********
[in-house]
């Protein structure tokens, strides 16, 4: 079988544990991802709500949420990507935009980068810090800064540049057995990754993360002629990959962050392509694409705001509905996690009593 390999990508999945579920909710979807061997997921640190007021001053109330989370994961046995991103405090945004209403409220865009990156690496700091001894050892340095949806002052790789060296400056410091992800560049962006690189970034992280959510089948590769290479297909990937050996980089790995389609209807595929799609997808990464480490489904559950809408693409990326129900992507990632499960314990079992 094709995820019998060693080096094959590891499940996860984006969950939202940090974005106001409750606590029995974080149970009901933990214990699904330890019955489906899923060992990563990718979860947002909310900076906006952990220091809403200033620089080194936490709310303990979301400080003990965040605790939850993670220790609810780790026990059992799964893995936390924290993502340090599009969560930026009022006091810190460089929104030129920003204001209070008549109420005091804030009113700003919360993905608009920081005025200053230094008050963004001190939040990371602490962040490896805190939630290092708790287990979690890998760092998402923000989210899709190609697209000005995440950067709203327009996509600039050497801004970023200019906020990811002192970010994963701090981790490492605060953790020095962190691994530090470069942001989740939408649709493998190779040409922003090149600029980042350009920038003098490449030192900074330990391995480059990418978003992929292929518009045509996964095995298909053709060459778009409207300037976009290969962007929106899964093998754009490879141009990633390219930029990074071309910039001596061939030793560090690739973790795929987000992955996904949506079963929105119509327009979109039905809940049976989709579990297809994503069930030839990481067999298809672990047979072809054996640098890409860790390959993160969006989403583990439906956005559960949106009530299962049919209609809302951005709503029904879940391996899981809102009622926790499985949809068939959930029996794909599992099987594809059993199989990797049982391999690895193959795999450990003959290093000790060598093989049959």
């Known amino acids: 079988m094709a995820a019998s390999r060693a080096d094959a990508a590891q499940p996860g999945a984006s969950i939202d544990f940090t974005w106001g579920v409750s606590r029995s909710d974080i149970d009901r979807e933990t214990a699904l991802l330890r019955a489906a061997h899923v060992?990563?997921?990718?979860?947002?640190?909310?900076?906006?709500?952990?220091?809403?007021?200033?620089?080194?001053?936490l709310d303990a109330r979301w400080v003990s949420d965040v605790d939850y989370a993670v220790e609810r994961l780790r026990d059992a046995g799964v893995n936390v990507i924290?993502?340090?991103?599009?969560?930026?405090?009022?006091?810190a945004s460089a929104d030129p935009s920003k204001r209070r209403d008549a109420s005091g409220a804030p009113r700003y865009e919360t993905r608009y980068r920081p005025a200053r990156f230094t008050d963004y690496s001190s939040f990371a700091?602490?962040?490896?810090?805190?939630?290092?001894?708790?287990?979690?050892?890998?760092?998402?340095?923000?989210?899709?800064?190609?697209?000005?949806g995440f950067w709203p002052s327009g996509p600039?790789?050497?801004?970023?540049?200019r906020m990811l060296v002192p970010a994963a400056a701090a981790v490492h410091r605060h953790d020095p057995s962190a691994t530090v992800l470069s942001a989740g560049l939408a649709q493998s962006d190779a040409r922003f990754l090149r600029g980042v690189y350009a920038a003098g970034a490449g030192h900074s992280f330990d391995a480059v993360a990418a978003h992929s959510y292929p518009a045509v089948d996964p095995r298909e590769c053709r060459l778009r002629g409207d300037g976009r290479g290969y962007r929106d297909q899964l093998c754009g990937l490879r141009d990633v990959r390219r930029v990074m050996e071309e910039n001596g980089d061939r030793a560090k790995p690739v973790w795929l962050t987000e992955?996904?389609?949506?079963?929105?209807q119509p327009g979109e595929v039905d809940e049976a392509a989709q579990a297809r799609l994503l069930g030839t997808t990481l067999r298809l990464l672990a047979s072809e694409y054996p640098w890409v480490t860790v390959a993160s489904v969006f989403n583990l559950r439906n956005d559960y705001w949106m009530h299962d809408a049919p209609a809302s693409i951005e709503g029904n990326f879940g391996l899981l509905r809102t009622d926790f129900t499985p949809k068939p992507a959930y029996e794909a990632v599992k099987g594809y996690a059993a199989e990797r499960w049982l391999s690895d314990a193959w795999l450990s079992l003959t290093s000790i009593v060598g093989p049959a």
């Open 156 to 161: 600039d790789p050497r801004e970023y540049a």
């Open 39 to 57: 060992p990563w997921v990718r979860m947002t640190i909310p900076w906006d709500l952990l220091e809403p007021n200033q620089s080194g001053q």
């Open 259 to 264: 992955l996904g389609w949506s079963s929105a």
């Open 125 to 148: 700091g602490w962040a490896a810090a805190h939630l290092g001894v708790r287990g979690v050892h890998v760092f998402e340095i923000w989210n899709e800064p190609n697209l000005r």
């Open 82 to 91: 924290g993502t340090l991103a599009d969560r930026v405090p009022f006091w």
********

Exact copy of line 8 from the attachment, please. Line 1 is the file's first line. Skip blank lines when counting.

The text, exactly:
């Open 82 to 91: 924290g993502t340090l991103a599009d969560r930026v405090p009022f006091w």